Parashat Shemini continues the saga of the Torat Kohanim, the laws of the Mishkan, its service, and its priests, the Kohanim. Among these laws is the prohibition for a Kohein to enter the Mishkan while intoxicated, as the Pasuk states, “Yayin VeSheichar Al Teisht…BeVoachem El Ohel Moeid,” “And you shall not drink wine or liquor…when you enter the Tent of Meeting” (VaYikra 10:9). The Torah even states that if a person is drunk, he cannot properly distinguish between the sanctified and the mundane. Of course, alcohol can incapacitate a Kohein in more ways than this. For instance, if by some stroke of luck a drunken Kohein manages to properly check an animal and prepare it for slaughtering, when he slaughters the animal, he can easily cut himself or improperly slaughter the animal, making it unfit for sacrifice.
This is just one of many reasons that one may not serve Hashem while drunk. Rambam writes (Hilchot Tefilah UNesiat Kapayim 4:17), “Shikor…Tefilato Toeivah.” Rambam believes that if a person prays while drunk, his prayer is an abomination to Hashem. Using such a strong word, Rambam must believe that worshipping Hashem while drunk is beyond the level of disgust that can be measured by any other term.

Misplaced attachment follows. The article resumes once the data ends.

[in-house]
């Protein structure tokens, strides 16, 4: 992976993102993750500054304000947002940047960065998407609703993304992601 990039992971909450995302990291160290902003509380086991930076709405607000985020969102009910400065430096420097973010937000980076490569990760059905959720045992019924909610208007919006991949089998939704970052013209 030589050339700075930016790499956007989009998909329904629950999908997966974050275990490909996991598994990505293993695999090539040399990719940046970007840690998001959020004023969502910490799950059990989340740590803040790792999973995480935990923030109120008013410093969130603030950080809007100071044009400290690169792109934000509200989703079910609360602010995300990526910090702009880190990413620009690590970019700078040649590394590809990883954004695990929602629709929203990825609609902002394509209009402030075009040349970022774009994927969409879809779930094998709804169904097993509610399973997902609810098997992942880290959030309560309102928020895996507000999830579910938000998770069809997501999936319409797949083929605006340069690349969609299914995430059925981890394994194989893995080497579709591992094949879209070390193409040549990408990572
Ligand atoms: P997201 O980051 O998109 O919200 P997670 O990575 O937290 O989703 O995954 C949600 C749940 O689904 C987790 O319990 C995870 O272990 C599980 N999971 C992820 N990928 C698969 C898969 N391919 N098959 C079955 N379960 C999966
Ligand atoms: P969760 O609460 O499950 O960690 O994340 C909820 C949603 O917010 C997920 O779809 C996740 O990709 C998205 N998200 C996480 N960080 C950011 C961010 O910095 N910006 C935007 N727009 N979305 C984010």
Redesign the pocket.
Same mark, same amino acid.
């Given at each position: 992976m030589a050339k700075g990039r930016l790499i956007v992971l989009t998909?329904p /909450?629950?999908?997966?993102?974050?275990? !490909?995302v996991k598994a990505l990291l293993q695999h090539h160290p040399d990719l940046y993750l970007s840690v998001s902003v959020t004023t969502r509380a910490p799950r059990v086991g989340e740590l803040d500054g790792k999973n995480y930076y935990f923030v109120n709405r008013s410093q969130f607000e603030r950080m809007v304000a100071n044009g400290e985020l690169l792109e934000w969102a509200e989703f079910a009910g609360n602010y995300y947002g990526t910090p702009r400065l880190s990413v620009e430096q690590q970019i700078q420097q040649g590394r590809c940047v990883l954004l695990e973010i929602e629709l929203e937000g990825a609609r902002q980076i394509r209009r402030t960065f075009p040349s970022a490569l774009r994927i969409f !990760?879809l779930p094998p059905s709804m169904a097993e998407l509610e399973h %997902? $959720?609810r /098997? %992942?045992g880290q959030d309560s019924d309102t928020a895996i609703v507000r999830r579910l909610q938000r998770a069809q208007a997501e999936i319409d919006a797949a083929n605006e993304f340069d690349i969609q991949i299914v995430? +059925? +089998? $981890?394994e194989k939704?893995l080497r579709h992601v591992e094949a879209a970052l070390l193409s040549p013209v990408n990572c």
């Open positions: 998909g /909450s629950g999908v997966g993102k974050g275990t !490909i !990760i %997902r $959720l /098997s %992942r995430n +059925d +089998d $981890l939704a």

Not only does intoxication forbid a person from serving Hashem, but it even degrades the person himself. Rashi comments on the Pasuk in BeReishit, “VaYipach BeApav Nishmat Chayim VaYehi Adam LeNefesh Chayah,” and states that when Hashem blows the “living soul” into the nostrils of man, God gives man two unique abilities: reasoning and speech (2:7 s.v. Nefesh Chayah). These two exceptional and unique abilities not only set mankind apart from the rest of the animal kingdom but they also make it superior. However, when man is intoxicated, he loses control of these abilities, and as such he is reduced to the level of animals. Of course the Kohanim, who serve Hashem and act as Bnei Yisrael’s messengers, must be on a level higher than the people they represent. If they are intoxicated, they degrade themselves and become unfit to serve God and act as the messengers of Bnei Yisrael.
The prohibition for Kohanim to serve while intoxicated sheds light not only on the Torah’s perspective on drinking but also on its perspective on how to present oneself. When intoxicated, Kohanim degrade themselves and take away from their inherent Kedushah, and thus they may not serve. We, like the Kohanim, must be careful to treat not only others but also ourselves with respect and to present ourselves as people deserving of respect.